What Does Clute Cut Mean?
A clute cut is a type of pattern used in the construction of work gloves. Clute-cut gloves feature a single piece of fabric for the palm and bottom (palmside) finger pieces, which means that there are no seams on the bottom side of the palm. The back of the glove consists of four separate pieces—one for each finger—and are held together by a series of exposed seams. The thumb piece is a straight thumb, and also features exposed seams.
The clute cut glove design is often recognizable due to the three prominent seams—one between each finger—which travel down the back of the glove.
Safeopedia Explains Clute Cut
The clute cut glove is primarily used for fabric material gloves. The design—a single piece of fabric for the palmside of the glove, and separate pieces of fabric for the back—results in a glove that is flexible to use, roomy, and easy to grip objects with. Because it is comfortable, the clute cut is the most popular type of glove cut for cotton and flannel gloves, and is also a popular type of cut for leather gloves. Due to the smaller number of seams used to produce the clute glove, they are also frequently lower cost than gloves made with other patterns.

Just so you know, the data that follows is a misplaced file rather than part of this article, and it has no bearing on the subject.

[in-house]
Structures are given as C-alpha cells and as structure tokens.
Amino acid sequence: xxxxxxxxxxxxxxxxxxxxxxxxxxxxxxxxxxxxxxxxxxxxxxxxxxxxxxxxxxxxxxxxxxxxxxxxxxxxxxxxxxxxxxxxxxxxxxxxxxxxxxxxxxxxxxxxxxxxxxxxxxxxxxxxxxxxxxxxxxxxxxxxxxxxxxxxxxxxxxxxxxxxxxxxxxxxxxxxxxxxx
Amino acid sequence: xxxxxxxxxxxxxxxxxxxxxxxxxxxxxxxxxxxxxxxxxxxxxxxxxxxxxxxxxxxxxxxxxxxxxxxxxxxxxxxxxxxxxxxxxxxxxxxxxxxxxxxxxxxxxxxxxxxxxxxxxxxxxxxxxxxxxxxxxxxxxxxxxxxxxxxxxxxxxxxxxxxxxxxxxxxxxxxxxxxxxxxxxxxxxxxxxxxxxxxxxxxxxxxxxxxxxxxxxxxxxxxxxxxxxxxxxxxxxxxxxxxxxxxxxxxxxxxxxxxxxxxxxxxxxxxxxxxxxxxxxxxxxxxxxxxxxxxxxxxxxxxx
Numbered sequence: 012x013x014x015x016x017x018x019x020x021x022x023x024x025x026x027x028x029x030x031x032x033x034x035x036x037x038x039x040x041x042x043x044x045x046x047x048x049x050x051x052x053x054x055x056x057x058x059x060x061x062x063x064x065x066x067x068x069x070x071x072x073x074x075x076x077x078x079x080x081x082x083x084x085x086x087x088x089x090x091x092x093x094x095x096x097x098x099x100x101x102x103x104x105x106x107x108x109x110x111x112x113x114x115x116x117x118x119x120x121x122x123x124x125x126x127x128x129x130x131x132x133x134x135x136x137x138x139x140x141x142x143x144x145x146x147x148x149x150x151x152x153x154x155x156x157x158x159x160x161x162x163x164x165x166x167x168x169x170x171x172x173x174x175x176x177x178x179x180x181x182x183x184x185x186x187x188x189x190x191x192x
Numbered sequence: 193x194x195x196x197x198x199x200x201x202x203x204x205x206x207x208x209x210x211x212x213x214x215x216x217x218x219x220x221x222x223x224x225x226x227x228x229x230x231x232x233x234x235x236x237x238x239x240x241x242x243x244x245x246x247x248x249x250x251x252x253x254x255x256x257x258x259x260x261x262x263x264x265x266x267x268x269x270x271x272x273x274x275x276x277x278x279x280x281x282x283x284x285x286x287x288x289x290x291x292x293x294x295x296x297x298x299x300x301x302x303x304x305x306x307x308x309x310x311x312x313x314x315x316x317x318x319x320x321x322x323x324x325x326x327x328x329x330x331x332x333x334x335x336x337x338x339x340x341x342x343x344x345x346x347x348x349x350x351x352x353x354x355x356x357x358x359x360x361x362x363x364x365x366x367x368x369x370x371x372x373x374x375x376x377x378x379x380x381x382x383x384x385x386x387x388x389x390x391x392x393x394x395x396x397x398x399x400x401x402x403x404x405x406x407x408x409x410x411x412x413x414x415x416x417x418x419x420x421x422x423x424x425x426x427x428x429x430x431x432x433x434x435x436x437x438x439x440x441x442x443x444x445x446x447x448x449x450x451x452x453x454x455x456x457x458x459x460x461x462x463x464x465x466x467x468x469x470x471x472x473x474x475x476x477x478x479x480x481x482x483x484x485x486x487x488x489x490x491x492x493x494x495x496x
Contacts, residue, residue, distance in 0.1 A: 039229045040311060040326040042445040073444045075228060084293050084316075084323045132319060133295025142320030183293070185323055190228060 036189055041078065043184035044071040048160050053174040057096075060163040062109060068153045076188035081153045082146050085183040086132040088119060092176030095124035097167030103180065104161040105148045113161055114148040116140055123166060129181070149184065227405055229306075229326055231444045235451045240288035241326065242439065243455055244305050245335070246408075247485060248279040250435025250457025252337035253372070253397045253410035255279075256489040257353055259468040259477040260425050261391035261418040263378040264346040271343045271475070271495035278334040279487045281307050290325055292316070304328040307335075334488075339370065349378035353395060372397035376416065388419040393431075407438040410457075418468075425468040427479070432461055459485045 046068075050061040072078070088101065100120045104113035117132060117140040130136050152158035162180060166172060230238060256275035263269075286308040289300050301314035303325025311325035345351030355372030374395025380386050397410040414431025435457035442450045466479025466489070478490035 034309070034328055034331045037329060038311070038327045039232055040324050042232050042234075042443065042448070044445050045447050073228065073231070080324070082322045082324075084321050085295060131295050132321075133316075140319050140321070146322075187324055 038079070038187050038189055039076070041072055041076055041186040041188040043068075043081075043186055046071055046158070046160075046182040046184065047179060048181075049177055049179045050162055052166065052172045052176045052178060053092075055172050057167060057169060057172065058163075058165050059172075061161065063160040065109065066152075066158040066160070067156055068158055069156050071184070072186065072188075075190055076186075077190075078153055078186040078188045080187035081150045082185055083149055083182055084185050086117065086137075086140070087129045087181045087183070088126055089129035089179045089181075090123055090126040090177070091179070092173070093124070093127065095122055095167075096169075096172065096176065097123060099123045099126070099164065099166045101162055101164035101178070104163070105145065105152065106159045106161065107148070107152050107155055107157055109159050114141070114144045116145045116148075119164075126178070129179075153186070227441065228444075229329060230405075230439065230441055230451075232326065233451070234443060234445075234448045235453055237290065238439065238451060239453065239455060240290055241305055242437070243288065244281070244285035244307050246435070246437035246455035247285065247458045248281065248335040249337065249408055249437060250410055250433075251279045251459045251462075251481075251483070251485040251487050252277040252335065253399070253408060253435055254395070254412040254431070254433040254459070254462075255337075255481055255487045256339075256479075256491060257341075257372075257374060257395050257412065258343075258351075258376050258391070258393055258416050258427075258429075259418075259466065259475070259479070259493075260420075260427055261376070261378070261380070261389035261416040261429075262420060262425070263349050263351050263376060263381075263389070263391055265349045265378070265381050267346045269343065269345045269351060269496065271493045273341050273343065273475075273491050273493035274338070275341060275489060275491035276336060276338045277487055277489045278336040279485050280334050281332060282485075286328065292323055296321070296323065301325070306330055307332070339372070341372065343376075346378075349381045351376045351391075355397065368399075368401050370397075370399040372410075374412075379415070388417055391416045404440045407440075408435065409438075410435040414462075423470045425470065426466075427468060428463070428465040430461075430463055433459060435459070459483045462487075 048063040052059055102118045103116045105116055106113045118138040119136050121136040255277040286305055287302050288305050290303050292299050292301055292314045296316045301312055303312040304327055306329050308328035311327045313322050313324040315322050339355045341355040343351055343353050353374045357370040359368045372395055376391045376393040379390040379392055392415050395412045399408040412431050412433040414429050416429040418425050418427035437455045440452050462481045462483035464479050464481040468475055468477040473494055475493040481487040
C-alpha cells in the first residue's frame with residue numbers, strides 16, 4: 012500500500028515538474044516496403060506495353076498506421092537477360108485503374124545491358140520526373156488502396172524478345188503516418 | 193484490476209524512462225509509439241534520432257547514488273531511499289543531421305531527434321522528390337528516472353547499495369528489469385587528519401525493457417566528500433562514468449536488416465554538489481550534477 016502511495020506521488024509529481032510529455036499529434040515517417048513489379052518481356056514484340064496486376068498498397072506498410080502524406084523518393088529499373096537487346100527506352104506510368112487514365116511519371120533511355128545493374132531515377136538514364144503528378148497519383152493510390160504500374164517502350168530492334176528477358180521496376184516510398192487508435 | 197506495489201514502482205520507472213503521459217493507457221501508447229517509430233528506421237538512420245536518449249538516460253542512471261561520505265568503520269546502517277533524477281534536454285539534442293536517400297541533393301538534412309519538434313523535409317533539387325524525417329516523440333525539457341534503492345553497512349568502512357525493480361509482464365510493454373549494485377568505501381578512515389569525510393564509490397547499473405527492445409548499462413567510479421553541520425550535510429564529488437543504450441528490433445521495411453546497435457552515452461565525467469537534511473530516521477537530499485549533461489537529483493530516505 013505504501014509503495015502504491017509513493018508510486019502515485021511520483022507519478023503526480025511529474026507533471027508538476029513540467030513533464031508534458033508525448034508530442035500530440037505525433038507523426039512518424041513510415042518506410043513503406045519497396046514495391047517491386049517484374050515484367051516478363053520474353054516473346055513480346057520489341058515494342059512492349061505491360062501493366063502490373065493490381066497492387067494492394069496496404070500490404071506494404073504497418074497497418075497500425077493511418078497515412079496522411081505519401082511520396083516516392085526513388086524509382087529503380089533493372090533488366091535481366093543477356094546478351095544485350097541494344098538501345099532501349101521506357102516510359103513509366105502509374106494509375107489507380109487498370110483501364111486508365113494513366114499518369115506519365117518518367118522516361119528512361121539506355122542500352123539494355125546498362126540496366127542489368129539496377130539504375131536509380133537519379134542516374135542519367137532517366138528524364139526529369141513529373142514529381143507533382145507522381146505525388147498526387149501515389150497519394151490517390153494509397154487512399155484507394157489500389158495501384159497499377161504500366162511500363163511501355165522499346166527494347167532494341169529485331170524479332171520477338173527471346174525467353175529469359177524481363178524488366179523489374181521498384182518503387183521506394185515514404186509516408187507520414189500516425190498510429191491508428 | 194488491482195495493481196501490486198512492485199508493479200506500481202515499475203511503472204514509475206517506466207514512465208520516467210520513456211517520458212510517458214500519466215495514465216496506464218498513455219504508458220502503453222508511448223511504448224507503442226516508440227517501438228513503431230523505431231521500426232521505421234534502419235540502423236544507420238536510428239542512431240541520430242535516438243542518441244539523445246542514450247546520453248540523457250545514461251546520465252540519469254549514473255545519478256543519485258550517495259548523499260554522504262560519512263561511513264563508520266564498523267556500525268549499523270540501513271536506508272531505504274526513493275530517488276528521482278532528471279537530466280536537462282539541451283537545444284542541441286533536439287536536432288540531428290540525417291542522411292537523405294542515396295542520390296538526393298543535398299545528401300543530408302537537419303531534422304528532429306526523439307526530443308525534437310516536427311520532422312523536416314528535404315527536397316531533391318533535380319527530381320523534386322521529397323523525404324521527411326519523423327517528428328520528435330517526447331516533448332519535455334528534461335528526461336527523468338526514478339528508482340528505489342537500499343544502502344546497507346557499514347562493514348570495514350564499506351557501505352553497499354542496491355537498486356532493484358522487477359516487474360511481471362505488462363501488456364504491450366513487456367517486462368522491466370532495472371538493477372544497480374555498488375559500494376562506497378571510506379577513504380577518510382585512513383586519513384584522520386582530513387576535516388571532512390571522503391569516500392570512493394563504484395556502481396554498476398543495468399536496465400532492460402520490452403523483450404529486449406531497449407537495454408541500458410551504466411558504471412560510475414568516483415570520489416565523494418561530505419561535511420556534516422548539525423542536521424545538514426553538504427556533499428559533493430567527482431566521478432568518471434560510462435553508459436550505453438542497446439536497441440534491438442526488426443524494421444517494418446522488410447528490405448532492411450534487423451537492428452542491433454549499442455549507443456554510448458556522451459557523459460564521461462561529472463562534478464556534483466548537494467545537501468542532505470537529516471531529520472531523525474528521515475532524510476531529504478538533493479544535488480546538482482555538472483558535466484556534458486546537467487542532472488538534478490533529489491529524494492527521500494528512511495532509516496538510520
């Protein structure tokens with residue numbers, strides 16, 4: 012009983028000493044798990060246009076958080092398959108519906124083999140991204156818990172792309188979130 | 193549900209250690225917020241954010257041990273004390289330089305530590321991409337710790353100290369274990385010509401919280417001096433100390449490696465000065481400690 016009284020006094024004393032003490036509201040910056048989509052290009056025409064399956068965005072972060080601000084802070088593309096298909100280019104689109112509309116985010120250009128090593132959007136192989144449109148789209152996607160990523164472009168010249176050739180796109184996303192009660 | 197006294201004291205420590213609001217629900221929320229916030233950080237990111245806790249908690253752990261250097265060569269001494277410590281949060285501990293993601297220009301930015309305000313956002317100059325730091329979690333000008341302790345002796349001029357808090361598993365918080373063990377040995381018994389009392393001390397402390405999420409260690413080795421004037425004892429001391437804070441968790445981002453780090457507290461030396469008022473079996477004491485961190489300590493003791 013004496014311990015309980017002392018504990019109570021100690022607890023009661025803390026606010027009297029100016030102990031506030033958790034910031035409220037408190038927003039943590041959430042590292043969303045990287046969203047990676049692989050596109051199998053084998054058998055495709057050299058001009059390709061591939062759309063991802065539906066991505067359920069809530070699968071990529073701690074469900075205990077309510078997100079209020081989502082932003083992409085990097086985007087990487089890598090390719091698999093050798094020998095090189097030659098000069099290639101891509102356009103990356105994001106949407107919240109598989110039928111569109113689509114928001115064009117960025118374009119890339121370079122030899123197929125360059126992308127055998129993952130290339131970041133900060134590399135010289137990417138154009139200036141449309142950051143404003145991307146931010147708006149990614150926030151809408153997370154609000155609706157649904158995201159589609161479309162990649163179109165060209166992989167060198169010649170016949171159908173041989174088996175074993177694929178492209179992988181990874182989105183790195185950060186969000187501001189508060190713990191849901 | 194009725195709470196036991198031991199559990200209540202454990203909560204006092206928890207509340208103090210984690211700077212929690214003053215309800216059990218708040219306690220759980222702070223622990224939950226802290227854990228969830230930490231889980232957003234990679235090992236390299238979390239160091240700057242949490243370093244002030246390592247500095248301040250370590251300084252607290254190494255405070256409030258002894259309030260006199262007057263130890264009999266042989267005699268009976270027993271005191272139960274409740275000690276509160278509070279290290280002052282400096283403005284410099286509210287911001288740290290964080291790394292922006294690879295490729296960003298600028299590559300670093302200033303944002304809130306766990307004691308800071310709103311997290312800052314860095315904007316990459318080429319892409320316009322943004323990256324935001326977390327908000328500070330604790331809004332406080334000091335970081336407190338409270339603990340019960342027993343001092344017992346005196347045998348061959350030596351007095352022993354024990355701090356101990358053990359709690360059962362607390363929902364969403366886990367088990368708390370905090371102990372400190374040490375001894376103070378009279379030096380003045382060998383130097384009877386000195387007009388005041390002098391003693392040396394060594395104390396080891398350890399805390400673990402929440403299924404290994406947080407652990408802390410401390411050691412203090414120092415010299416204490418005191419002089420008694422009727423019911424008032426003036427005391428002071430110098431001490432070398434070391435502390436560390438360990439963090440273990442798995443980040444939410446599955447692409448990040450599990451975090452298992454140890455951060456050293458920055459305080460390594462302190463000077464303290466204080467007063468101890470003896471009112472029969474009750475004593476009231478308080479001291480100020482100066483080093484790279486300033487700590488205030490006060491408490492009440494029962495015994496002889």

As a glove pattern that is mostly used with fabric material, gloves which feature a clute cut design do not provide appropriate protection for workers whose hands require protection from highly hazardous chemicals or mechanical risks. The exposed seams of the clute cut glove are vulnerable to wear from mechanical friction and from potential exposure to substances which could either degrade the seams or leak through them—chemical protection gloves are usually seamless.
Whether or not a given clute cut glove is suitable for use as protective equipment in any given instance ultimately comes down to the materials it is used with and the manner in which the seams are handled. As with any other form of work glove, clute cut gloves must be tested and rated for each individual hazard they might be exposed to. In North America, ANSI standards are used to categorize gloves according to separate hazard safety levels (e.g., for puncture, abrasion, or cut) that describe how much force the glove can take before failing.